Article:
Pet-Proofing Your House: Dangers You May Have Overlooked

Be careful about where you leave your spare change. Pennies minted after 1982 contain a high zinc concentration that can poison pets.

Watching over a typical toddler — who will pick up and eat anything in front of him — can be a daunting task. Now imagine that same toddler with four legs, boundless energy and the ability to jump. That's what it's like to have a dog or cat in the house.

The average home can be a dangerous place for such curious critters. The best way for a pet parent to help ensure the safety of a dog or cat is to be aware of possible household dangers and be prepared in case an emergency arises.

Preparing For a New Pet

Before bringing a new pet into your home, veterinarians recommend getting on the floor, in the same way that you would if you were child-proofing your house. Look for any potential hazards, such as electrical cords and breakable decorations and make sure they are thoroughly secured or well out of reach.

Your cat may enjoy batting at the hanging cords on blinds or curtains, but these cords are an entanglement danger and should be kept out of your feline's reach. String-like materials — such as thread, dental floss and holiday tinsel — are also extremely dangerous to both dogs and cats because if ingested, they can become lodged in the intestines.

Flower arrangements, plants and gardening materials can pose a threat to your animals as well. Lilies are especially dangerous to cats, while cocoa mulch, which may attract dogs, can be deadly to them. The ASPCA Animal Poison Control Center offers an extensive list of toxic and nontoxic plants.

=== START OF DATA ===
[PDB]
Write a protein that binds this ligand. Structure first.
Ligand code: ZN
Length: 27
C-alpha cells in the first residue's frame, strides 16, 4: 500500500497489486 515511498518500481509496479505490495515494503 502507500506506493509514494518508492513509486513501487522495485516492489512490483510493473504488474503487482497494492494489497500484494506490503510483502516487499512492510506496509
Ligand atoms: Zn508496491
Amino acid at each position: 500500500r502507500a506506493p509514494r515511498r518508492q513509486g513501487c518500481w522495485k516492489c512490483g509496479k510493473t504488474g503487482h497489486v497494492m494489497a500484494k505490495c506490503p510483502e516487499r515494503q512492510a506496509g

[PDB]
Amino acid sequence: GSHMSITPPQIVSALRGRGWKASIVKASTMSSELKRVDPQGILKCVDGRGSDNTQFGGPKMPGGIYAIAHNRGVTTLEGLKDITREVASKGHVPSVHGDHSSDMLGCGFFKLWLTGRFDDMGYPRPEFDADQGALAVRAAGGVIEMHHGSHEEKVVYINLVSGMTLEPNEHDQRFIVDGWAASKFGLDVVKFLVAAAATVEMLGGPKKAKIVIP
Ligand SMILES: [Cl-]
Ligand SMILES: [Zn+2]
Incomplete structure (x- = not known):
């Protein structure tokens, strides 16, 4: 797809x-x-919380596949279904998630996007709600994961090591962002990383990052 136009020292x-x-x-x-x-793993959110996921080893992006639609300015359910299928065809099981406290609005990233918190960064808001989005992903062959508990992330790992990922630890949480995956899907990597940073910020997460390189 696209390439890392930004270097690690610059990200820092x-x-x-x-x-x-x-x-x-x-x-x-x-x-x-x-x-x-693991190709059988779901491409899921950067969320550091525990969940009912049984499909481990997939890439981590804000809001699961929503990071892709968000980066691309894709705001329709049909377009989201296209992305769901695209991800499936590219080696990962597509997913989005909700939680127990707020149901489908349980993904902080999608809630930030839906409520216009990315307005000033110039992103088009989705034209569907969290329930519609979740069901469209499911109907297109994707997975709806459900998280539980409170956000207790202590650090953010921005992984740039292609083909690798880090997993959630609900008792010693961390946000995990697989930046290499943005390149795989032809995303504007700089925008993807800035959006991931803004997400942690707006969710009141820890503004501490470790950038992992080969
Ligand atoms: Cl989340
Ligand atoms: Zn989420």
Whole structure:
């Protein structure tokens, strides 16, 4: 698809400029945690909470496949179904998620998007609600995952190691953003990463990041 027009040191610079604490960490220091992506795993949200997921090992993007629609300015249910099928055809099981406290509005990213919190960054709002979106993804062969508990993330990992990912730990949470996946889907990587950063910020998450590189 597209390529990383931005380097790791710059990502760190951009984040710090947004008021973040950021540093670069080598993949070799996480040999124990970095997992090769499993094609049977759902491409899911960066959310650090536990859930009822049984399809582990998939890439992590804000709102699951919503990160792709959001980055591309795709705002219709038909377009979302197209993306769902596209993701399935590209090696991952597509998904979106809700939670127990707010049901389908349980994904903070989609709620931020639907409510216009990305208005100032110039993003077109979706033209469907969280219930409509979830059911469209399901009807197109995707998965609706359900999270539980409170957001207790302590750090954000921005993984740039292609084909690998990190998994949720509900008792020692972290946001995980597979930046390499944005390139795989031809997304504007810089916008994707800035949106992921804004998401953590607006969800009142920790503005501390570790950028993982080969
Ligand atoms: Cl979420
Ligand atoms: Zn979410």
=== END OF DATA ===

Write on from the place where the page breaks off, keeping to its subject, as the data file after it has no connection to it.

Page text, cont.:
It's also important to be aware of other less obvious hazards to your pet. For example, pennies minted after 1982 contain a high zinc concentration that can poison dogs and cats. In addition, mothballs, batteries and tobacco products (including cigarette butts) are all highly toxic and should be kept out of your pet’s reach.

Dangerous Delicacies

Although it may be tempting for pet owners to feed table scraps to their dog or cat, many common human foods have the potential to cause serious health problems in pets. Even in small amounts, chocolate can be quite dangerous to pets. It contains methylxanthines (such as caffeine and theobromine), which can harm dogs and cats and can even cause death at certain doses. Grapes and raisins may cause kidney damage in dogs or cats. Cooked or raw onions can cause anemia in dogs and cats, leading to possible depression, diarrhea, vomiting and weakness.

Xylitol, a sweetener often used in sugar-free gum, can cause a severe drop in blood sugar and possibly even seizures and liver failure in dogs if ingested in large enough amounts. Xylitol is also found in other products such as toothpaste and sugar-free candy. The effect of the sweetener on cats is unknown, but to be safe, it is best to keep these products out of the reach of all household pets.

Raw bread dough can also be a danger to your pets. When leaving bread out to rise, make sure your pet cannot get to it. If ingested, the dough can expand in the stomach and may need to be surgically removed. Yeast in the dough also produces ethanol gas, which, if eaten, can be absorbed and can cause toxicity.

And while it may seem harmless for your pet to poke around in the trash can, garbage or moldy foods can make him ill if ingested. It is wise to keep your garbage can out of your pet’s reach or closed with a tightly fitted lid.

Medications can also pose a threat to your pet. It is best to keep all medications in a secured cabinet out of paws' reach. It is also an inappropriate and dangerous practice to give any human medication to your pets. Consult your veterinarian before administering any medication to your pet.

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